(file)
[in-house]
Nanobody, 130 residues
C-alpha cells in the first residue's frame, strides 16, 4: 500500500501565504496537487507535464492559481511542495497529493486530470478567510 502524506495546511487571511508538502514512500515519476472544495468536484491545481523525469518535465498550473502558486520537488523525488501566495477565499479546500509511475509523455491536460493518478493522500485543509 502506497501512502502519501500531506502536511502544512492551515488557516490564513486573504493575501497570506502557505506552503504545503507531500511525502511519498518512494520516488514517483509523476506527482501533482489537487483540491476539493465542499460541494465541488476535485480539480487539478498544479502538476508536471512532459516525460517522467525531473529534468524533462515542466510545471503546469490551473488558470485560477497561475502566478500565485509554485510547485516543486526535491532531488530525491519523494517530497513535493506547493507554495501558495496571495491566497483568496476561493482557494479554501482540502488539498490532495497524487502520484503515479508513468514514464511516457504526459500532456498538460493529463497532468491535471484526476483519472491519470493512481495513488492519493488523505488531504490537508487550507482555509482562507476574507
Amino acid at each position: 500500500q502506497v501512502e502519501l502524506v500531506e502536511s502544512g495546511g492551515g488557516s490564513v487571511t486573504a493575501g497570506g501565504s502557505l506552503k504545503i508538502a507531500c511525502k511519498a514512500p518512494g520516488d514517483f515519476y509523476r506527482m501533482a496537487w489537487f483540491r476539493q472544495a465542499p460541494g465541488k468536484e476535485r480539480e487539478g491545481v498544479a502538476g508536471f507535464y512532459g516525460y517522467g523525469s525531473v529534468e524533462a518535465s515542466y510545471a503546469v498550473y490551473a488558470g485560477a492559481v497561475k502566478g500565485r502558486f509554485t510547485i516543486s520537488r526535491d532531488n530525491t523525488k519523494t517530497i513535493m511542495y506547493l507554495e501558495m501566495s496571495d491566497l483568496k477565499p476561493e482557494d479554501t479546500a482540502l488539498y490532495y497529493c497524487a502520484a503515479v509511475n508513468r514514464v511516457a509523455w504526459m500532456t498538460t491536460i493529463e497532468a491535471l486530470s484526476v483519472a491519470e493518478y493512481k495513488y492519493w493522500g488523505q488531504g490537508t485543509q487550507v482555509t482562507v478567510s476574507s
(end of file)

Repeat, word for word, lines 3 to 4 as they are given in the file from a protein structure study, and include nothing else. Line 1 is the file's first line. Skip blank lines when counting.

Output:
C-alpha cells in the first residue's frame, strides 16, 4: 500500500501565504496537487507535464492559481511542495497529493486530470478567510 502524506495546511487571511508538502514512500515519476472544495468536484491545481523525469518535465498550473502558486520537488523525488501566495477565499479546500509511475509523455491536460493518478493522500485543509 502506497501512502502519501500531506502536511502544512492551515488557516490564513486573504493575501497570506502557505506552503504545503507531500511525502511519498518512494520516488514517483509523476506527482501533482489537487483540491476539493465542499460541494465541488476535485480539480487539478498544479502538476508536471512532459516525460517522467525531473529534468524533462515542466510545471503546469490551473488558470485560477497561475502566478500565485509554485510547485516543486526535491532531488530525491519523494517530497513535493506547493507554495501558495496571495491566497483568496476561493482557494479554501482540502488539498490532495497524487502520484503515479508513468514514464511516457504526459500532456498538460493529463497532468491535471484526476483519472491519470493512481495513488492519493488523505488531504490537508487550507482555509482562507476574507
Amino acid at each position: 500500500q502506497v501512502e502519501l502524506v500531506e502536511s502544512g495546511g492551515g488557516s490564513v487571511t486573504a493575501g497570506g501565504s502557505l506552503k504545503i508538502a507531500c511525502k511519498a514512500p518512494g520516488d514517483f515519476y509523476r506527482m501533482a496537487w489537487f483540491r476539493q472544495a465542499p460541494g465541488k468536484e476535485r480539480e487539478g491545481v498544479a502538476g508536471f507535464y512532459g516525460y517522467g523525469s525531473v529534468e524533462a518535465s515542466y510545471a503546469v498550473y490551473a488558470g485560477a492559481v497561475k502566478g500565485r502558486f509554485t510547485i516543486s520537488r526535491d532531488n530525491t523525488k519523494t517530497i513535493m511542495y506547493l507554495e501558495m501566495s496571495d491566497l483568496k477565499p476561493e482557494d479554501t479546500a482540502l488539498y490532495y497529493c497524487a502520484a503515479v509511475n508513468r514514464v511516457a509523455w504526459m500532456t498538460t491536460i493529463e497532468a491535471l486530470s484526476v483519472a491519470e493518478y493512481k495513488y492519493w493522500g488523505q488531504g490537508t485543509q487550507v482555509t482562507v478567510s476574507s